Byers performs for the camera, offering wide-eyed, elaborate descriptions of how he will defile the graves of the accused. In one scene, he’s shown shooting a pumpkin, pretending his targets are the suspects. He sings a solo at church, and initially seems to be somebody who simply does not know how to deal with his overwhelming grief.

Yet at the trial of Echols and Baldwin, a different person emerges. When he testifies, he’s subdued, almost resigned. He admits that he beat his stepson with a belt just a few hours before his death. It’s revealed that he gave the filmmakers a knife (as a gift!), and it turned out to have human blood on it — blood that matched his son’s type. His explanation of his differing accounts of how that blood might have gotten on the knife is less than convincing.

Byers looks like the guy who got away with the crime and can’t help flaunting it. The knife emerged as evidence long after the suspects were charged but before the trials, and while giving the blade might seem an immensely stupid act, it actually shows Byers to be perceptive and smart.

Once the West Memphis Three were arrested and charged, after all, police and prosecutors had a clear interest in seeing them convicted, truth be damned. Byers knew that unless the blade proved that he killed the three boys — a tall order — prosecutors and police were in too deep with the teenagers to retreat. And he knew that in a community that was clearly infected with a frenzied mob mentality, a plausible alternative suspect such as him still wouldn’t constitute reasonable doubt in the minds of a jury.

Yet even though Byers is an easy scapegoat, Echols remains problematic. Among the West Memphis Three, he’s the only one who’s remotely articulate. Misskelley has an IQ of 72, and Baldwin is a cipher; he speaks so little, and so softly, that he doesn’t seem all there, either. If these teens had anything to do with the murders, Echols was certainly the mastermind.

And there is doubtlessly darkness in him. While his co-defendants act like teenagers in deep shit, Echols is eerily, preternaturally composed and calm in the face of likely execution. In one damning shot, he’s shown intently inspecting and grooming his hair during a break in the trial. There’s not a trace of anxiety or agitation in his body or his expression, bringing to mind the maxim that the guilty sleep well because they know they’ve been caught.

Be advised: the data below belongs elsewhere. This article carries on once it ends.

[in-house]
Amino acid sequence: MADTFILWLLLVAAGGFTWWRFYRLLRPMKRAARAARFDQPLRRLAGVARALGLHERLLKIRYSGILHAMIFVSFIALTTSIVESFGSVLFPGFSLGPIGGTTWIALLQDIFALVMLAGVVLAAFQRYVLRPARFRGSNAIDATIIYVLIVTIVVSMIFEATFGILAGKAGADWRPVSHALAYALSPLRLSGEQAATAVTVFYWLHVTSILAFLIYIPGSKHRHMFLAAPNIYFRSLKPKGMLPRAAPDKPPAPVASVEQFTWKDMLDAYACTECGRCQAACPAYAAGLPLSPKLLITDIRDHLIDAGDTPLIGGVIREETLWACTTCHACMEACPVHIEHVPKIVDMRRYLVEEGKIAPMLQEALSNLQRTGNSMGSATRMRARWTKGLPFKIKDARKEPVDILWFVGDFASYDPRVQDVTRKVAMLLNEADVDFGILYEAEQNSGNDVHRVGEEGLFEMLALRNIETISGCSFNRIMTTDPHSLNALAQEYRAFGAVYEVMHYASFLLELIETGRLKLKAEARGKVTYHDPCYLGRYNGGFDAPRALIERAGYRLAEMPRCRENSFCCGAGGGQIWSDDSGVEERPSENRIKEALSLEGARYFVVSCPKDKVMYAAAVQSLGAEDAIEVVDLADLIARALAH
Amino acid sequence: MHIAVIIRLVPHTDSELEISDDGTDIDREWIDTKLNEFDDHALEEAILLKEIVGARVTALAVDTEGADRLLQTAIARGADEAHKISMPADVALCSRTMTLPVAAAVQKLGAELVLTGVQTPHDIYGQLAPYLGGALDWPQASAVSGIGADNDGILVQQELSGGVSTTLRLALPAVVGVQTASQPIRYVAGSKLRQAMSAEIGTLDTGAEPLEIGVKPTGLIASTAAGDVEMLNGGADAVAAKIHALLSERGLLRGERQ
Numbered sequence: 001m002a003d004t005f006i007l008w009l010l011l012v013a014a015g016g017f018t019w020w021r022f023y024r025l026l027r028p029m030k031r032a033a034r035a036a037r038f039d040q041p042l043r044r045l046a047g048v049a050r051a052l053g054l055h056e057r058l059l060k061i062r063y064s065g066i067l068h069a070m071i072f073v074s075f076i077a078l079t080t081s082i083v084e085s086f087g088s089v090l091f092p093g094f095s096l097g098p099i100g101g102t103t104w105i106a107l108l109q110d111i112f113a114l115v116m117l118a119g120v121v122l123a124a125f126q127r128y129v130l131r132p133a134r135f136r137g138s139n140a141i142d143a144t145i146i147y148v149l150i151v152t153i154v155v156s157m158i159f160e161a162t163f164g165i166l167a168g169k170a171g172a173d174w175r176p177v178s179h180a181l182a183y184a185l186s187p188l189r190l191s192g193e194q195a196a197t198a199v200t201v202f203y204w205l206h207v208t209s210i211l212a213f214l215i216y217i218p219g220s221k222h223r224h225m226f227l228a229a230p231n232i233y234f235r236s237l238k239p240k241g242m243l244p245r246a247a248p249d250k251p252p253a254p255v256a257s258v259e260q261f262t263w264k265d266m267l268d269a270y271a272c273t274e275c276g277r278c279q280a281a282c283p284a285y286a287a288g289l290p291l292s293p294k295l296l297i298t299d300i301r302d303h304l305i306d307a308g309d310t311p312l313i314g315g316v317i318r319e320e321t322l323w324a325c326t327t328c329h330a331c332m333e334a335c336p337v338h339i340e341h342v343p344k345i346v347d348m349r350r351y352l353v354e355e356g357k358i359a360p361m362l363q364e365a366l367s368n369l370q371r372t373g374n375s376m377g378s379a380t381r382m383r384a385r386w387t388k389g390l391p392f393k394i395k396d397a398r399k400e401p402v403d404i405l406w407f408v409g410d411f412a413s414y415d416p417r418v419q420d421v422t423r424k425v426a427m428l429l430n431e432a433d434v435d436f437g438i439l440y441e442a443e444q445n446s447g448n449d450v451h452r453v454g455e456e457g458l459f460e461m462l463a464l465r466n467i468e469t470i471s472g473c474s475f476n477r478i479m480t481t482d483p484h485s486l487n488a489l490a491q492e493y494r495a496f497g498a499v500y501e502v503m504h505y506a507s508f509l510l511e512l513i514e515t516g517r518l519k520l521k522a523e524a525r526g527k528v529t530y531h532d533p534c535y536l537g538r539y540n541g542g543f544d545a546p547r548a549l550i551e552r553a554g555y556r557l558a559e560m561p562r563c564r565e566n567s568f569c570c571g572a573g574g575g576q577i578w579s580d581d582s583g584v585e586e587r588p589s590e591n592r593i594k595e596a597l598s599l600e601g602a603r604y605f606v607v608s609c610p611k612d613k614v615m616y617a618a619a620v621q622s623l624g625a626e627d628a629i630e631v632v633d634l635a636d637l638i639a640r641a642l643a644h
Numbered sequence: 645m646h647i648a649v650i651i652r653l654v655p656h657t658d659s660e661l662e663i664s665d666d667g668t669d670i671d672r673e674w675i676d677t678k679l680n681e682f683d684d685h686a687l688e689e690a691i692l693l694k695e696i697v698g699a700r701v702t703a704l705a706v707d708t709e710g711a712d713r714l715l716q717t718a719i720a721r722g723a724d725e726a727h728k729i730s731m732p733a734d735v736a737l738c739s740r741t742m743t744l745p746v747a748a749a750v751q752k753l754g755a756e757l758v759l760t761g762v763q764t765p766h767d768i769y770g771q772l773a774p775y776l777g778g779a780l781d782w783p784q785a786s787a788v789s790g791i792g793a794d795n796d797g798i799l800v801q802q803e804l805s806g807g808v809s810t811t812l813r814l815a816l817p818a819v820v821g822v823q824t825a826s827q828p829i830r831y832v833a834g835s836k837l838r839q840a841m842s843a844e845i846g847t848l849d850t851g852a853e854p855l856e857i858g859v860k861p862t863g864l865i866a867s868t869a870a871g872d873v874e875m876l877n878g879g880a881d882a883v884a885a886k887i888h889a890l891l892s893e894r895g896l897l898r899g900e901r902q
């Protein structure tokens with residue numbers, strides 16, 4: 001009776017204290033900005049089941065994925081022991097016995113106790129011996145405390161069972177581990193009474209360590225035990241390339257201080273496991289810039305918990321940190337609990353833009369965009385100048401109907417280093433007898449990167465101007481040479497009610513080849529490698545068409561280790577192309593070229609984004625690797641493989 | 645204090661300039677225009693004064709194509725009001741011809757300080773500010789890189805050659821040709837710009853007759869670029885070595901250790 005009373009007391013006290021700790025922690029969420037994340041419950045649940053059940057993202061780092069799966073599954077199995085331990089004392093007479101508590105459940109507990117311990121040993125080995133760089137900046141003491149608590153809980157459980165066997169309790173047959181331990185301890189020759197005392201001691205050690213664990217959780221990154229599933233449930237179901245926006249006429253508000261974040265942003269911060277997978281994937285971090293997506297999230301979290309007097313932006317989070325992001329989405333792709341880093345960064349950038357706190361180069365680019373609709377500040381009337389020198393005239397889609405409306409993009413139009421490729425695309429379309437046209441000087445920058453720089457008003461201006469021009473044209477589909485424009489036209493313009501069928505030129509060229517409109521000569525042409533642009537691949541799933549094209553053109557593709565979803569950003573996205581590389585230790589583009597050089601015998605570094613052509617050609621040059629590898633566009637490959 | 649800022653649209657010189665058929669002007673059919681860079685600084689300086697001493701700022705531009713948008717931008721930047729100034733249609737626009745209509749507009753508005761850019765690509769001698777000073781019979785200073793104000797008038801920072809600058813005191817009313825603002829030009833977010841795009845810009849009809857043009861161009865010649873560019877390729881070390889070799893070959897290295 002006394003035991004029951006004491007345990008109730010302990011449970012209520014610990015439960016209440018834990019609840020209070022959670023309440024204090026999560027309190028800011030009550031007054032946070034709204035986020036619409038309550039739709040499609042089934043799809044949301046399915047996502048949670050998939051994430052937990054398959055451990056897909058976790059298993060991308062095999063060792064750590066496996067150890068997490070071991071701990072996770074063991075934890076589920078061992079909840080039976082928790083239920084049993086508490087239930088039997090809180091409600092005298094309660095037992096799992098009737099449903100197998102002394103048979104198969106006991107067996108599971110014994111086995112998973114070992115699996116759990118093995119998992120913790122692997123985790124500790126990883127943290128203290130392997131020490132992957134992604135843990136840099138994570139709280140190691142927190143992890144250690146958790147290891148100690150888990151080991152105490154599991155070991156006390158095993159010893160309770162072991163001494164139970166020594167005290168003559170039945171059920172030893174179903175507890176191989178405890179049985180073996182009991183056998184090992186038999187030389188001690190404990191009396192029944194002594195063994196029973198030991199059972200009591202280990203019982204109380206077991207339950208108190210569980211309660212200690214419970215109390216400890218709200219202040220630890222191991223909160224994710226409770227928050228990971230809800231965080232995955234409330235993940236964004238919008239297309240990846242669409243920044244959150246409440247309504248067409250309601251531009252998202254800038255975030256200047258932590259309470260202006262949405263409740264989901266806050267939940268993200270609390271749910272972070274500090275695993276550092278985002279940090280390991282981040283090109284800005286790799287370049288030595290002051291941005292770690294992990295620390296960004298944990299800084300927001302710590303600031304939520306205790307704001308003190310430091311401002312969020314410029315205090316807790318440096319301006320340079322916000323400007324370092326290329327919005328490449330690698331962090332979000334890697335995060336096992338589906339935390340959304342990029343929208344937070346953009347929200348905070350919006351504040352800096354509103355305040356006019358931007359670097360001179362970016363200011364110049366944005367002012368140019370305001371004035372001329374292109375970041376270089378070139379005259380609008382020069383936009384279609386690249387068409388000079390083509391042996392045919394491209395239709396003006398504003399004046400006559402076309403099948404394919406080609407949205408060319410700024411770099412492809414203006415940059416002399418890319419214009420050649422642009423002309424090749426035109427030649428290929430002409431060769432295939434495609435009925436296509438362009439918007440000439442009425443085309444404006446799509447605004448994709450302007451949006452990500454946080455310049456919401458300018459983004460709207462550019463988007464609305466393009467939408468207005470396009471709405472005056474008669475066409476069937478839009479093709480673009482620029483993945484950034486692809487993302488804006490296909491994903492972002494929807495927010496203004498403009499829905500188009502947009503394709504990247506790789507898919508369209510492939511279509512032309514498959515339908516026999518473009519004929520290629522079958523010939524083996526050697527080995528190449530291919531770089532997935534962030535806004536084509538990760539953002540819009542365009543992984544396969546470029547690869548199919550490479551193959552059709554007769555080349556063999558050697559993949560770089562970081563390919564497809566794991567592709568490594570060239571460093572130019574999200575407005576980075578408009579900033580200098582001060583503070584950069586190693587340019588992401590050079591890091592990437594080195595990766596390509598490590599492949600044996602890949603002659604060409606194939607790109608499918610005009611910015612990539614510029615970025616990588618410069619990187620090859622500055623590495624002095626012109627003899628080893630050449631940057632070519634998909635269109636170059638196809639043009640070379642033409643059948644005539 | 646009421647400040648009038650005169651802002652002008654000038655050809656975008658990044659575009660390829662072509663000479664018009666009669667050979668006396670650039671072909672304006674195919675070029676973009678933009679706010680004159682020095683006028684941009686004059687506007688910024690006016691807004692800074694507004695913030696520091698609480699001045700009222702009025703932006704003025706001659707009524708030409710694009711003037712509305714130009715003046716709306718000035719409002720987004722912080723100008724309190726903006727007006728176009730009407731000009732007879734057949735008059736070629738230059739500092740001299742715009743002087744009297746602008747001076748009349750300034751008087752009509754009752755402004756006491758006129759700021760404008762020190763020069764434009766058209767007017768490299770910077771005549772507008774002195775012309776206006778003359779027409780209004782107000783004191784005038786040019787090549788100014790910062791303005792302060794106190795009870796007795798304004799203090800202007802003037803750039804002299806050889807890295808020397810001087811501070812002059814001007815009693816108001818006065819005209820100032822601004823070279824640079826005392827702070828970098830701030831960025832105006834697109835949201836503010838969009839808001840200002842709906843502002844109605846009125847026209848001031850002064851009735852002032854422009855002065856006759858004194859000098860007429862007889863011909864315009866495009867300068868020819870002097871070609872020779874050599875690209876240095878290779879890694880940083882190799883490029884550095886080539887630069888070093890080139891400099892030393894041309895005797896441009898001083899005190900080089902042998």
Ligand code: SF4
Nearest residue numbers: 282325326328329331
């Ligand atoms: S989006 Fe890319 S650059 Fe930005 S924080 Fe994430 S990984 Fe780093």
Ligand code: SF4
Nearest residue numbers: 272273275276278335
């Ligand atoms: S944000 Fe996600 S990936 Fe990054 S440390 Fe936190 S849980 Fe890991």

What might be most troubling about Echols is that he refuses to play the game that a jury needs to return a not-guilty verdict; even though he testifies at his trial, he doesn’t try to sell his innocence, instead picking an intellectual argument about Wicca and the occult with a prosecutor. He seems to be asking to be found guilty.

But it’s still unlikely that Echols is guilty, even though he sometimes says ill-considered things — such as his comment that he’s the West Memphis bogeyman — and makes dumb jokes at inappropriate times. So what’s going on in his head?

Byers and Echols are so compelling in part because they represent a larger cultural illness in West Memphis and in most of the United States — a certain corruption of the collective soul, a world in which the social contract has deteriorated to the point that it’s no longer recognizable. It’s bad enough that people kill each other, but it seems somehow worse that murder sets in motion a chain reaction that seems to stain everybody. The civilized concepts of thoughtful justice, mercy, and forgiveness have all but disappeared, and even the idea of healing seems foreign.

In its waning moments, Paradise Lost simply broke my heart. The sadness came from different places: that those children were murdered, that two juries couldn’t see the reasonable doubt that stared them in the face, and that a community could be so filled with bloodlust that it seemed to take genuine pleasure in the dubious convictions of the West Memphis Three.

I don’t want to deny the victims’ families or the community their grief, their anger, and even their desire for vengeance. What struck me deeply was that their need for neat and easy closure — no matter how unjust — was so great that it most likely took the lives of three other innocent people.